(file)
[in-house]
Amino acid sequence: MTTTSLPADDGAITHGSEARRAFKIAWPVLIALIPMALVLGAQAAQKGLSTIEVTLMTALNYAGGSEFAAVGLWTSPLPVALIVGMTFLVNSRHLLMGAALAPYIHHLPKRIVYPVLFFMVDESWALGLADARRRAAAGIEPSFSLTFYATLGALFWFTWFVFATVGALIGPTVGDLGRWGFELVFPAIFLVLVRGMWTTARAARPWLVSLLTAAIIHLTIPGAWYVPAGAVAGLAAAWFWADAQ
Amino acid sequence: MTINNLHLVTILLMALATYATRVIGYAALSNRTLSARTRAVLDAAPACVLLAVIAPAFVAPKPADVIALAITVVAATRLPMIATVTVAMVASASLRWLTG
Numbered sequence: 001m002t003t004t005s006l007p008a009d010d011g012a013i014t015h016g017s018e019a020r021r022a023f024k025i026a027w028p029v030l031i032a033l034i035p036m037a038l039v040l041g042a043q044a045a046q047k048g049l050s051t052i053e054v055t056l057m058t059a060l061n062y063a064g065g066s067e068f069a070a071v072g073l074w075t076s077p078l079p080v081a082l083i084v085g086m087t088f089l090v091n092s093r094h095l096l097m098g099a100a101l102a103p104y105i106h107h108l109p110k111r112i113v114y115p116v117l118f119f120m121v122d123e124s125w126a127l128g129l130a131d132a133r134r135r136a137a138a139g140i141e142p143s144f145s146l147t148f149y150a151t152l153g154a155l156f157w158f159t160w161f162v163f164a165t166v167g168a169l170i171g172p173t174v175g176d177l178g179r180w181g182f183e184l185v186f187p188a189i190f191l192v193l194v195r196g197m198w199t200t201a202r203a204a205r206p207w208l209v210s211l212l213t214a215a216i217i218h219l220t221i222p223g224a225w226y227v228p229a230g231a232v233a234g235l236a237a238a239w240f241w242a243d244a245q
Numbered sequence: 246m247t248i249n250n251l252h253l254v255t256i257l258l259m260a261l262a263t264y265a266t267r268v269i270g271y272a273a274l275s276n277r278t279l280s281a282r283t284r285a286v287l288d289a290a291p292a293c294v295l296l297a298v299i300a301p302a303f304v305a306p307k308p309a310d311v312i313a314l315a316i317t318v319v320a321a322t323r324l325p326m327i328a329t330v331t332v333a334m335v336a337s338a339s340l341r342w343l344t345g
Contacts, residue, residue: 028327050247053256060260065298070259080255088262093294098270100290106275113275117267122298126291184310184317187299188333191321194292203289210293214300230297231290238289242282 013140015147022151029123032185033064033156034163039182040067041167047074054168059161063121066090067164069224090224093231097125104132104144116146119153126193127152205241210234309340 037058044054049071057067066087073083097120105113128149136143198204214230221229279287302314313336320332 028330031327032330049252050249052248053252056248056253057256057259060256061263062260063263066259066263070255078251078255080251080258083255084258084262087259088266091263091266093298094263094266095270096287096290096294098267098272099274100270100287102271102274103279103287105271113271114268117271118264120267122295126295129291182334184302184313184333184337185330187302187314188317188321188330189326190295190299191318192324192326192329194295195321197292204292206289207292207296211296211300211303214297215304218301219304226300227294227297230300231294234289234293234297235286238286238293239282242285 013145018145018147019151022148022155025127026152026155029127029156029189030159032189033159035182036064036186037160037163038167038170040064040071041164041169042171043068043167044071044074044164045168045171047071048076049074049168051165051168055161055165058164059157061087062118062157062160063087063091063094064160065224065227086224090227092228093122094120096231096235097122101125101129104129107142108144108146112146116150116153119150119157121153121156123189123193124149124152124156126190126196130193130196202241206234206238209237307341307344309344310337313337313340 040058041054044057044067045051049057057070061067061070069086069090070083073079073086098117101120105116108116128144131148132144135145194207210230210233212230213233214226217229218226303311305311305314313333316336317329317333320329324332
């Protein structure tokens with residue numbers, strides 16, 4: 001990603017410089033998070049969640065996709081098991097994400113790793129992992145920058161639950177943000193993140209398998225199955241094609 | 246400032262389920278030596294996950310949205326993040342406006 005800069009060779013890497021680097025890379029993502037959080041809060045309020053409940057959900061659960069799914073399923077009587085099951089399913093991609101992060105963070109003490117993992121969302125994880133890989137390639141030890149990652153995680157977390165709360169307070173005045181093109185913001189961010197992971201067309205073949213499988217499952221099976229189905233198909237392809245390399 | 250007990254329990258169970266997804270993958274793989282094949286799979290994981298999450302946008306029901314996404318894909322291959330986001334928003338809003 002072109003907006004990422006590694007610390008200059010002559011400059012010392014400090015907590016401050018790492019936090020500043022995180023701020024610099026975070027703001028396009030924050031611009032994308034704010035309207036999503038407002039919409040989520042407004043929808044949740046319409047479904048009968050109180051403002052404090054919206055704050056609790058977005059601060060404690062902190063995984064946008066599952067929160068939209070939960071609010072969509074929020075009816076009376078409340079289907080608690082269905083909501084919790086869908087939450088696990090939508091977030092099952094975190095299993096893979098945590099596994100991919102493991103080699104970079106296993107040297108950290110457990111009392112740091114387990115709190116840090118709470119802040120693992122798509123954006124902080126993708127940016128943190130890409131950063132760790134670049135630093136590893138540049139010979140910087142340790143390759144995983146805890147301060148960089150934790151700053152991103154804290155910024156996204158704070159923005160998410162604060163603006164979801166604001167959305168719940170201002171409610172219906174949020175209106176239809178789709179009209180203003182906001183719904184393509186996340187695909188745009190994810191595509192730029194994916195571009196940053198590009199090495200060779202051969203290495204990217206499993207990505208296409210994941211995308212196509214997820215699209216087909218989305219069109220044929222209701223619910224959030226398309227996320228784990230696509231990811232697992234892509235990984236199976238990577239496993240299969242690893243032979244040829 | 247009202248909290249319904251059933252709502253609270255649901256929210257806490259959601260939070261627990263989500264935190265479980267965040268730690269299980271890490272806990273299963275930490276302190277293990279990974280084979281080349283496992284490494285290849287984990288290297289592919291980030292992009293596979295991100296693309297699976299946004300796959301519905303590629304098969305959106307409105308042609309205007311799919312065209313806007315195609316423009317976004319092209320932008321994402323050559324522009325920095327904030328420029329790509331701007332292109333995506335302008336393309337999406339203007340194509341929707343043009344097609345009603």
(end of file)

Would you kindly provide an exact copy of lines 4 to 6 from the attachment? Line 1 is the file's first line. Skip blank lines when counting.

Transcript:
Numbered sequence: 001m002t003t004t005s006l007p008a009d010d011g012a013i014t015h016g017s018e019a020r021r022a023f024k025i026a027w028p029v030l031i032a033l034i035p036m037a038l039v040l041g042a043q044a045a046q047k048g049l050s051t052i053e054v055t056l057m058t059a060l061n062y063a064g065g066s067e068f069a070a071v072g073l074w075t076s077p078l079p080v081a082l083i084v085g086m087t088f089l090v091n092s093r094h095l096l097m098g099a100a101l102a103p104y105i106h107h108l109p110k111r112i113v114y115p116v117l118f119f120m121v122d123e124s125w126a127l128g129l130a131d132a133r134r135r136a137a138a139g140i141e142p143s144f145s146l147t148f149y150a151t152l153g154a155l156f157w158f159t160w161f162v163f164a165t166v167g168a169l170i171g172p173t174v175g176d177l178g179r180w181g182f183e184l185v186f187p188a189i190f191l192v193l194v195r196g197m198w199t200t201a202r203a204a205r206p207w208l209v210s211l212l213t214a215a216i217i218h219l220t221i222p223g224a225w226y227v228p229a230g231a232v233a234g235l236a237a238a239w240f241w242a243d244a245q
Numbered sequence: 246m247t248i249n250n251l252h253l254v255t256i257l258l259m260a261l262a263t264y265a266t267r268v269i270g271y272a273a274l275s276n277r278t279l280s281a282r283t284r285a286v287l288d289a290a291p292a293c294v295l296l297a298v299i300a301p302a303f304v305a306p307k308p309a310d311v312i313a314l315a316i317t318v319v320a321a322t323r324l325p326m327i328a329t330v331t332v333a334m335v336a337s338a339s340l341r342w343l344t345g
Contacts, residue, residue: 028327050247053256060260065298070259080255088262093294098270100290106275113275117267122298126291184310184317187299188333191321194292203289210293214300230297231290238289242282 013140015147022151029123032185033064033156034163039182040067041167047074054168059161063121066090067164069224090224093231097125104132104144116146119153126193127152205241210234309340 037058044054049071057067066087073083097120105113128149136143198204214230221229279287302314313336320332 028330031327032330049252050249052248053252056248056253057256057259060256061263062260063263066259066263070255078251078255080251080258083255084258084262087259088266091263091266093298094263094266095270096287096290096294098267098272099274100270100287102271102274103279103287105271113271114268117271118264120267122295126295129291182334184302184313184333184337185330187302187314188317188321188330189326190295190299191318192324192326192329194295195321197292204292206289207292207296211296211300211303214297215304218301219304226300227294227297230300231294234289234293234297235286238286238293239282242285 013145018145018147019151022148022155025127026152026155029127029156029189030159032189033159035182036064036186037160037163038167038170040064040071041164041169042171043068043167044071044074044164045168045171047071048076049074049168051165051168055161055165058164059157061087062118062157062160063087063091063094064160065224065227086224090227092228093122094120096231096235097122101125101129104129107142108144108146112146116150116153119150119157121153121156123189123193124149124152124156126190126196130193130196202241206234206238209237307341307344309344310337313337313340 040058041054044057044067045051049057057070061067061070069086069090070083073079073086098117101120105116108116128144131148132144135145194207210230210233212230213233214226217229218226303311305311305314313333316336317329317333320329324332